Not much knitting yesterday. An old friend came to see us, with some welcome art-world gossip for my husband. I fiddled with the Knitcircus sock while she was here, and am very near the toe. I was too tired thereafter for anything else.
Madtosh “Tannehill”: my sister found Chelsea yarns on the internet, and offered to bring the yarn when she comes to see us in the summer. She and her husband are currently in the throes of selling up in CT and moving to a retirement community in DC, where they used to live. It sounds like a sensible move, and it sounds as if this is the moment to do it. But if you really want a recipe for feeling old, having your younger sister – and her even younger husband -- go into a retirement community will do it.
Meanwhile, one of you most kindly contacted Chelsea Yarns and reserved on my behalf most of the 11 skeins they claim to have. Before I went to London last month, I calculated that I would need 10 skeins for a v-neck sleeved sweater for my husband, and in the current circumstances I think I might as well take all 11.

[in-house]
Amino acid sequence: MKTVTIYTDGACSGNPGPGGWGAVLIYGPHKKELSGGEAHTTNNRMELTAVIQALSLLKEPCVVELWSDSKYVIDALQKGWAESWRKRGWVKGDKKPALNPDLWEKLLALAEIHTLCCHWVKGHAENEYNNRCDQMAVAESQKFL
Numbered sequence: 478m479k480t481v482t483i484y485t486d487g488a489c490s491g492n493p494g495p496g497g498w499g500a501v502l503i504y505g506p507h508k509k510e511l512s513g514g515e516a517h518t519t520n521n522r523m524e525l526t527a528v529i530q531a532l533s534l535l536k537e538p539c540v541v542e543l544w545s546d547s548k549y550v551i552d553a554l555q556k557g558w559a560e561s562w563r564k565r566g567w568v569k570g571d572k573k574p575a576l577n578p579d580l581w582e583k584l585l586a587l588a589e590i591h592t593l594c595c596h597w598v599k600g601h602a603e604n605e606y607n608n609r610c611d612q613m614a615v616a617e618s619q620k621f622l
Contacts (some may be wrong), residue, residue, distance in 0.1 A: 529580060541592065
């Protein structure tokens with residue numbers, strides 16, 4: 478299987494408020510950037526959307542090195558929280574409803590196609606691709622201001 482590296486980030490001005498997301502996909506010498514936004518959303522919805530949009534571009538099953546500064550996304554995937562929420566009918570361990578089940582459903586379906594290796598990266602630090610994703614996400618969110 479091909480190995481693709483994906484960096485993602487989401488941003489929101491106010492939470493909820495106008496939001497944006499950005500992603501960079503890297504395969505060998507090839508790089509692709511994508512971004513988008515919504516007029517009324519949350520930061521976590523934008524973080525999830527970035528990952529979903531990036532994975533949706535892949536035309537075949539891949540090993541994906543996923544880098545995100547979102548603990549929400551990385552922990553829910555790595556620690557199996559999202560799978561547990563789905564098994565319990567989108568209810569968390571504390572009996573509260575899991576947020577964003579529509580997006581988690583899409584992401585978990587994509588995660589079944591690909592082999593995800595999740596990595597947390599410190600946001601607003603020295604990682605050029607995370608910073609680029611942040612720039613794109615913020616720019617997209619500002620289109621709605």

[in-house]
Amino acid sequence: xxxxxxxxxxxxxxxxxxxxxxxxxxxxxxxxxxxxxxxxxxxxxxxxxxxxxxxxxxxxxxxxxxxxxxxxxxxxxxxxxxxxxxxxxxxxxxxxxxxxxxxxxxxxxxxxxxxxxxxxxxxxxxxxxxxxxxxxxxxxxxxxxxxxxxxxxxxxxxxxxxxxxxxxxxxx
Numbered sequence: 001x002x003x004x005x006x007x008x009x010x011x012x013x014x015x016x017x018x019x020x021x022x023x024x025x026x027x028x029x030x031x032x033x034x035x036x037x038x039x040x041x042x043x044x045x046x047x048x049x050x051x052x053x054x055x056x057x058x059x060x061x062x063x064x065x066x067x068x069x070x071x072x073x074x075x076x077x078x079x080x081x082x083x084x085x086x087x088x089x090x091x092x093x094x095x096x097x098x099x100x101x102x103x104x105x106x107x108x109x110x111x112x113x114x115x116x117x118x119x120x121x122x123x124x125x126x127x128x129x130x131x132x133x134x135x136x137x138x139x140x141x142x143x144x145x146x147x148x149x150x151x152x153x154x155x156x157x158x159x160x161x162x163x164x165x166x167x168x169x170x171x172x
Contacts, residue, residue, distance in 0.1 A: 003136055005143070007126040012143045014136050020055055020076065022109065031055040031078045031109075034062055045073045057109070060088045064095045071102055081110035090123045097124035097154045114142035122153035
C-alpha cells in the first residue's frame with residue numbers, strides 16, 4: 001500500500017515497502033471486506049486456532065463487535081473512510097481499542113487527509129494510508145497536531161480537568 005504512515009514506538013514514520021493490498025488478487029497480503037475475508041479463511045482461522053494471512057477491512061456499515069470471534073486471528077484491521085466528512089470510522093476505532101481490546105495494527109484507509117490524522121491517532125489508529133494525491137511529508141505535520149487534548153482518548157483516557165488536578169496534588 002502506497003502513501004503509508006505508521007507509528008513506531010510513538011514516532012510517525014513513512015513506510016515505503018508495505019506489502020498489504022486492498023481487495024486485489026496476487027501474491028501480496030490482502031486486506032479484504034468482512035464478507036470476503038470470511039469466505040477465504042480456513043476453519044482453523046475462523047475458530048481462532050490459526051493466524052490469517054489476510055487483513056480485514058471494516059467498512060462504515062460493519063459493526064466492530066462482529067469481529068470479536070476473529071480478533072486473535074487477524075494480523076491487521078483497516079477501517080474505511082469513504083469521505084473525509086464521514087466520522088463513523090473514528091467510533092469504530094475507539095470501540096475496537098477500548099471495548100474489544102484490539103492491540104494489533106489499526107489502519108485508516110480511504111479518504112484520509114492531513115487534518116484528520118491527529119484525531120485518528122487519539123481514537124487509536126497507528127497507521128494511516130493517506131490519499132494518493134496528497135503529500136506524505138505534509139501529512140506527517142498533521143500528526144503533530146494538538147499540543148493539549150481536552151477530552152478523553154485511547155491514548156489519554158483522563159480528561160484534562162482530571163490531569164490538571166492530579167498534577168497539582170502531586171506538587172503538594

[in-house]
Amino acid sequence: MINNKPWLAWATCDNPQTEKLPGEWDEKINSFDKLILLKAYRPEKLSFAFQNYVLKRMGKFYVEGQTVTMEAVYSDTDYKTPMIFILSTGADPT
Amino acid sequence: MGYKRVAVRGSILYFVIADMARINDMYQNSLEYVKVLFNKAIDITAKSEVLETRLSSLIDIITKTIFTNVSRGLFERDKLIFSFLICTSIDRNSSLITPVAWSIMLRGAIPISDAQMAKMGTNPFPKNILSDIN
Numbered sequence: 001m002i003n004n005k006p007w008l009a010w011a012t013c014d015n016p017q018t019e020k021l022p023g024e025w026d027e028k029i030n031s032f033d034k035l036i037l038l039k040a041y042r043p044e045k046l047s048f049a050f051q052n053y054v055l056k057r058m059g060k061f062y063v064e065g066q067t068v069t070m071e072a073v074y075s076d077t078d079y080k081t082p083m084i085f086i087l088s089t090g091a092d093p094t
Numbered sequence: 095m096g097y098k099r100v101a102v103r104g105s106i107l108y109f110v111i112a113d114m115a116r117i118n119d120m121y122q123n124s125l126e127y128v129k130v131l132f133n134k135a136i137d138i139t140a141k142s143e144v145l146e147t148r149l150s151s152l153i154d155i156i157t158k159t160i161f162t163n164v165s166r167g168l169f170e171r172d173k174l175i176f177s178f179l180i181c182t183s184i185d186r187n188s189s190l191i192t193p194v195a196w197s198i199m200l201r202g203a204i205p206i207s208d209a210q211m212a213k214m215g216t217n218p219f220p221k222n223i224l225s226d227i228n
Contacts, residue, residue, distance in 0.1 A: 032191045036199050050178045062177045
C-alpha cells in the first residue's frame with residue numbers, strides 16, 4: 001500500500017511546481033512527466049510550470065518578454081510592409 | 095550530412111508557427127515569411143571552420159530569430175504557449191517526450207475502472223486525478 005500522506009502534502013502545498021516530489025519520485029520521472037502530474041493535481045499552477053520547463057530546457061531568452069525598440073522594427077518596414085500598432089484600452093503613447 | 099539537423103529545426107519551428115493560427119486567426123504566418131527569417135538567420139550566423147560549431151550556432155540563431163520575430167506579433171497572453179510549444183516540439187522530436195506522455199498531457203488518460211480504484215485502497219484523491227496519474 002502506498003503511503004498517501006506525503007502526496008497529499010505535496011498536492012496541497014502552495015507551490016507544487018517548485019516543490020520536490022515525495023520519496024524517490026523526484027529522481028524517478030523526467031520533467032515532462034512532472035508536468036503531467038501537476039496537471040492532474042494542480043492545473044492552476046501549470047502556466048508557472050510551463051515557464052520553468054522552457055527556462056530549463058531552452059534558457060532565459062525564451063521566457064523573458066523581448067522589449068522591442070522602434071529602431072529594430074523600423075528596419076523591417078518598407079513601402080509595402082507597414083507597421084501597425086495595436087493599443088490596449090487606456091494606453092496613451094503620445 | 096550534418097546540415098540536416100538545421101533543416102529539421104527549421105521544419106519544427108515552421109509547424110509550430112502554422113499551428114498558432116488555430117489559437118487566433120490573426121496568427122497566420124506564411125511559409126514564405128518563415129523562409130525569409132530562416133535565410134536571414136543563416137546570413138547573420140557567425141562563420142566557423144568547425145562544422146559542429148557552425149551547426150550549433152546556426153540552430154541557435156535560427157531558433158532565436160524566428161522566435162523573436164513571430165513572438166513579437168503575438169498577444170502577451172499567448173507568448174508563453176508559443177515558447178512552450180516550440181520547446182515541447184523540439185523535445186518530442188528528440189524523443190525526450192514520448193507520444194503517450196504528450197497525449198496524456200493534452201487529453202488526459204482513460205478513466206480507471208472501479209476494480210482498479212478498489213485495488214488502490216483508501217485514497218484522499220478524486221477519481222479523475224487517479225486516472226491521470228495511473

I’ve forwarded their messages to each other, and am sitting back bemused, and grateful. One good thing is that there are only 11 skeins – I can’t find much of any, anywhere else. So whatever happens, I won’t be inundated.
As for carbon footprints, I’m pretty irresponsible; and I love madtosh; and I have accumulated valuable data by knitting that recent v-neck for my husband, a great success; and Archie’s sweater, perhaps slightly less of a success but still not too bad.
The big question remains, Georgia O’Keefe? My memory and my notes confirm that I knit my husband a sleeveless pullover in that shade. The NHS swallowed it last year. It was green. Those statements are facts. But Georgia O’Keefe now, from any source, looks blue. My husband is peculiarly anti-blue. I have no doubt that the lost sweater was not blue. It’s all very odd.
My oldest knitting book is “The Knitter’s Friend” from 1847. It has a pattern for “the much-admired SHETLAND SHAWL”. On four pins, cast on any number of stitches divisible by 22. The first round is: “bring the thread forward, and take two stitches together, take two together three times, bring the thread forward and knit one stitch five times, bring the thread forward and take two together, take two together twice, knit one, bring the thread forward, and take two stitches in one.” (it adds up to 22 all right.)
The 2nd, 3rd and 4th round are plain knit. Then repeat the pattern round. And so on.
The result would be a large cylinder, wouldn’t it? People in the 19th century weren’t stupid. I can only assume that one was meant to know how to decrease towards the centre of one’s shawl.